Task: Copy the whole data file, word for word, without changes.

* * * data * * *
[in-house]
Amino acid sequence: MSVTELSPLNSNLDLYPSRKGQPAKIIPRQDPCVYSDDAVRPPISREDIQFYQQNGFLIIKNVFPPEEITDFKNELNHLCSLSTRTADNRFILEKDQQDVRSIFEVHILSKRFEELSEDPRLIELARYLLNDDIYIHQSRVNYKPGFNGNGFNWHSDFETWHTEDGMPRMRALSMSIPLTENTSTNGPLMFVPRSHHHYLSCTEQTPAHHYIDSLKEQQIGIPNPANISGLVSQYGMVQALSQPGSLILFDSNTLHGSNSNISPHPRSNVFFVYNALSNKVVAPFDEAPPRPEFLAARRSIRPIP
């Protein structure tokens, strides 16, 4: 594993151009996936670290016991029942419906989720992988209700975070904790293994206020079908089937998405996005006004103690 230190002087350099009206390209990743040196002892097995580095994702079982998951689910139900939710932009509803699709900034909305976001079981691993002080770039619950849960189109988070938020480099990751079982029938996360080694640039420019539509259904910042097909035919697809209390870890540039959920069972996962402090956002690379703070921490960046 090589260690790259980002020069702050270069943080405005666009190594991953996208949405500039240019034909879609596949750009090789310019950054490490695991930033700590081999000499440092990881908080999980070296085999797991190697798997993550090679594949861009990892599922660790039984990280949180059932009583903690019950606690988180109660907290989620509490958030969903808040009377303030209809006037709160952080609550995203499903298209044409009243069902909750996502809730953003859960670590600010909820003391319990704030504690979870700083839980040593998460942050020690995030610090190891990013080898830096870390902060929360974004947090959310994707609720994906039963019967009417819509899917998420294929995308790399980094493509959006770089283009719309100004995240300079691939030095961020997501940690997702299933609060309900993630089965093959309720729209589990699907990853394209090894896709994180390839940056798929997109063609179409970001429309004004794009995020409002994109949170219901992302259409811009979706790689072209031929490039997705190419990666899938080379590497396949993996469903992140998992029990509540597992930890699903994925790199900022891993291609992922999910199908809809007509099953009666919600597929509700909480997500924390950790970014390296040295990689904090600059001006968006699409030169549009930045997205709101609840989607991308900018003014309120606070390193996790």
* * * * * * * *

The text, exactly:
[in-house]
Amino acid sequence: MSVTELSPLNSNLDLYPSRKGQPAKIIPRQDPCVYSDDAVRPPISREDIQFYQQNGFLIIKNVFPPEEITDFKNELNHLCSLSTRTADNRFILEKDQQDVRSIFEVHILSKRFEELSEDPRLIELARYLLNDDIYIHQSRVNYKPGFNGNGFNWHSDFETWHTEDGMPRMRALSMSIPLTENTSTNGPLMFVPRSHHHYLSCTEQTPAHHYIDSLKEQQIGIPNPANISGLVSQYGMVQALSQPGSLILFDSNTLHGSNSNISPHPRSNVFFVYNALSNKVVAPFDEAPPRPEFLAARRSIRPIP
């Protein structure tokens, strides 16, 4: 594993151009996936670290016991029942419906989720992988209700975070904790293994206020079908089937998405996005006004103690 230190002087350099009206390209990743040196002892097995580095994702079982998951689910139900939710932009509803699709900034909305976001079981691993002080770039619950849960189109988070938020480099990751079982029938996360080694640039420019539509259904910042097909035919697809209390870890540039959920069972996962402090956002690379703070921490960046 090589260690790259980002020069702050270069943080405005666009190594991953996208949405500039240019034909879609596949750009090789310019950054490490695991930033700590081999000499440092990881908080999980070296085999797991190697798997993550090679594949861009990892599922660790039984990280949180059932009583903690019950606690988180109660907290989620509490958030969903808040009377303030209809006037709160952080609550995203499903298209044409009243069902909750996502809730953003859960670590600010909820003391319990704030504690979870700083839980040593998460942050020690995030610090190891990013080898830096870390902060929360974004947090959310994707609720994906039963019967009417819509899917998420294929995308790399980094493509959006770089283009719309100004995240300079691939030095961020997501940690997702299933609060309900993630089965093959309720729209589990699907990853394209090894896709994180390839940056798929997109063609179409970001429309004004794009995020409002994109949170219901992302259409811009979706790689072209031929490039997705190419990666899938080379590497396949993996469903992140998992029990509540597992930890699903994925790199900022891993291609992922999910199908809809007509099953009666919600597929509700909480997500924390950790970014390296040295990689904090600059001006968006699409030169549009930045997205709101609840989607991308900018003014309120606070390193996790």